IdFix TopLevelDomain Error

IdFix Tool topleveldomain error

In order to make a successful migration to Office 365 you need to resolve any issues with your Active Directory data. Microsoft has created the tool IdFix to help you identify issues. You can download it here.

This post will look specifically at the TopLevelDomain Error as reported by the IdFix tool. What is it and how do we fix it?

If you’re looking for information on the Duplicate error refer to this post. 

Identifying the IdFix TopLevelDomain Error

After running the IdFix tool for the first time you may see a lot of errors in your environment. The best approach is to fix one error type at a time.

If you have any TopLevelDomain Errors in IdFix it will look like this:

IdFix Tool topleveldomain error

The TopLevelDomain error indicates a problem with the top level domain in your mail objects email address. In other words the domain part of the email address is not Internet routable.

in 99% of all cases this is caused by email address policies generating mail alias’es based on your local/internal domain name. Email addresses need to be Internet routable and yourdomain.local ain’t gonna make it 😉

Fixing the IdFix TopLevelDomain Error

To fix the issue you should remove the non-routable mail alias from your mail objects. you can do this manually using the IdFix tool. But since this is quite often a generic issue affecting many if not all mail recipients, you may want to look to PowerShell:

Start by identifying all mail objects (not just users) that have your internal domain name assigned as proxyAddresses mail alias:

Import-Module ActiveDirectory
$Objects = Get-ADObject -LDAPFilter "(proxyAddresses=*@mydomain.local)" -Properties proxyAddresses

(of course you need to replace “mydomain.local” with your actual internal domain name)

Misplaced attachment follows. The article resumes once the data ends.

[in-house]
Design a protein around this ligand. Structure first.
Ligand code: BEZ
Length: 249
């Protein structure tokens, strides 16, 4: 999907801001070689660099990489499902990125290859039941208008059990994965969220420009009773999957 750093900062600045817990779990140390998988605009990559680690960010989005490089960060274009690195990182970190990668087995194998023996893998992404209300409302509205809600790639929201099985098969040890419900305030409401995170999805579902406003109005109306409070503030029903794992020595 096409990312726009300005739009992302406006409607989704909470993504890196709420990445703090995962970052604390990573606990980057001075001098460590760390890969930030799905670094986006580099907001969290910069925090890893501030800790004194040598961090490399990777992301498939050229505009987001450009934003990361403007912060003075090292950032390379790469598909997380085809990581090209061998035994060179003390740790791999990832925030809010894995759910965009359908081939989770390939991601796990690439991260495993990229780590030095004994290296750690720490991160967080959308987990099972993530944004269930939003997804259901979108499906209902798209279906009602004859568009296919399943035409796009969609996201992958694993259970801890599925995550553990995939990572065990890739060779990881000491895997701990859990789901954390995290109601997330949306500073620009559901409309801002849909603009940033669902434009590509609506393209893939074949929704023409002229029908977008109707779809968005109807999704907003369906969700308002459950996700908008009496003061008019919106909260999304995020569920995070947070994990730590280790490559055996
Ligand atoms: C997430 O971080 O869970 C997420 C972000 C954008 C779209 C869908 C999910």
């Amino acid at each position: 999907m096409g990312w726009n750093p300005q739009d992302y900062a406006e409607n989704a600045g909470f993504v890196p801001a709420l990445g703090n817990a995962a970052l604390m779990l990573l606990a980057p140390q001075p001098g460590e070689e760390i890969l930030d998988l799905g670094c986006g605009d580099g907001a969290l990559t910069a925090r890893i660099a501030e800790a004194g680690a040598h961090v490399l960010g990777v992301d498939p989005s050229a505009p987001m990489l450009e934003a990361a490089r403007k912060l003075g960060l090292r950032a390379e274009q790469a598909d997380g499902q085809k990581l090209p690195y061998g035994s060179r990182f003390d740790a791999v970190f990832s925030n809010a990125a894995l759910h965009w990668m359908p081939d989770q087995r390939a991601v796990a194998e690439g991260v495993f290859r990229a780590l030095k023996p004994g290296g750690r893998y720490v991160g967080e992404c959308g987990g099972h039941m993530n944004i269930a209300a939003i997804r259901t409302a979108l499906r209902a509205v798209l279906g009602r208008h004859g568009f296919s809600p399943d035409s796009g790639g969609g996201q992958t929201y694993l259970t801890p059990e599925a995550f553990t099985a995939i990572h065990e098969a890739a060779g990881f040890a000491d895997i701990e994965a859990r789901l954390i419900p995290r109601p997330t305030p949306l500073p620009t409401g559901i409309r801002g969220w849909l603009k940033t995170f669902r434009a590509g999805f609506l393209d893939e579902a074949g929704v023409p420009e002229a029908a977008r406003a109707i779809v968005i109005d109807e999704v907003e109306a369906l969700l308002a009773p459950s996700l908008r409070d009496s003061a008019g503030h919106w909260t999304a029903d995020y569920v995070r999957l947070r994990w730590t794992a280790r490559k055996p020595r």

Once objects have been identified we can look at the multi valued attribute proxyAddresses on each of the objects. If we find the internal domain name we remove it:

ForEach ($Object In $Objects){
    $proxyAddresses = $Object.proxyAddresses
    ForEach ($proxyAddress In $proxyAddresses){
        If ($proxyAddress -Like '*@mydomain.local'){
            Write-Host $Object.DistinguishedName `t $proxyAddress # Export for fallback
            Set-ADObject $Object -Remove @{ProxyAddresses = "$($proxyAddress)"}

The above script makes critical changes to a potentially large number of mail enabled objects. Make sure to test it on a limited number of users that you can repair manually in case of issues before you fire off the script on the entire population of your Active Directory!

For extra safety follow this advice:

  • Comment out line 06 and review the output from line 05 before making the actual change
  • Save the output from line 05 in order to easily restore any of the changes 

Fixing Other Types of Errors

The TopLevelDomain error is just one out of several error types reported by the IdFix tool. Other types of IdFix errors are seen in the below table:

IdFix Errors

Error NameError Description
characterUse of invalid characters in attribute
duplicateDuplicate values used on attribute on two or more objects
formatUse of invalid format in attribute
topleveldomainUse of non-routable top level domain in mail address (usually domain.local)
domainpartUse of invalid domain part – right hand side of email address is not RFC 2822 compliant (e.g.
domainpart_localpartUse of invalid local part – left hand side of email address if not RFC 2822 compliant (e.g. user”
lengthAttribute value exceeds allowed length
blankAttribute is empty when it should have a value
mailmatchAttribute does not match the mail value (Office 365 Dedicated only)

Make sure to fix them all before you start your Active Directory to Azure AD migration.

Managing Office 365 After the Migration

Office 365 administration can be a nightmare as it involves a very fragmented administrative experience:

  • Local user accounts are managed in Active Directory Users & Computers
  • Office 365 licenses are managed in the Azure portal
  • Office 365 mailboxes are managed in Azure Exchange Admin Center
  • On-prem Exchange properties are managed on the (otherwise useless) on-prem Exchange server
  • Certain Office 365 mailbox configurations are only available via PowerShell
  • Azure AD Connect synchronizations are managed in the Azure AD Connect server

Do yourself a big favor and try out Easy365Manager, an Office 365 admin tool used by a large number of IT professionals all over the world.

Easy365Manager allows you to configure all off the above inside Active Directory Users & Computers. Easy365Manager ads two new tabs with intuitive Office 365 user, mailbox and license settings that covers all your daily admin needs.

Easy365Manager will save you a lot of time – and on top of that you can remove your on-prem Exchange server making it an easy business case.

A fully functional 30 day trial is available here.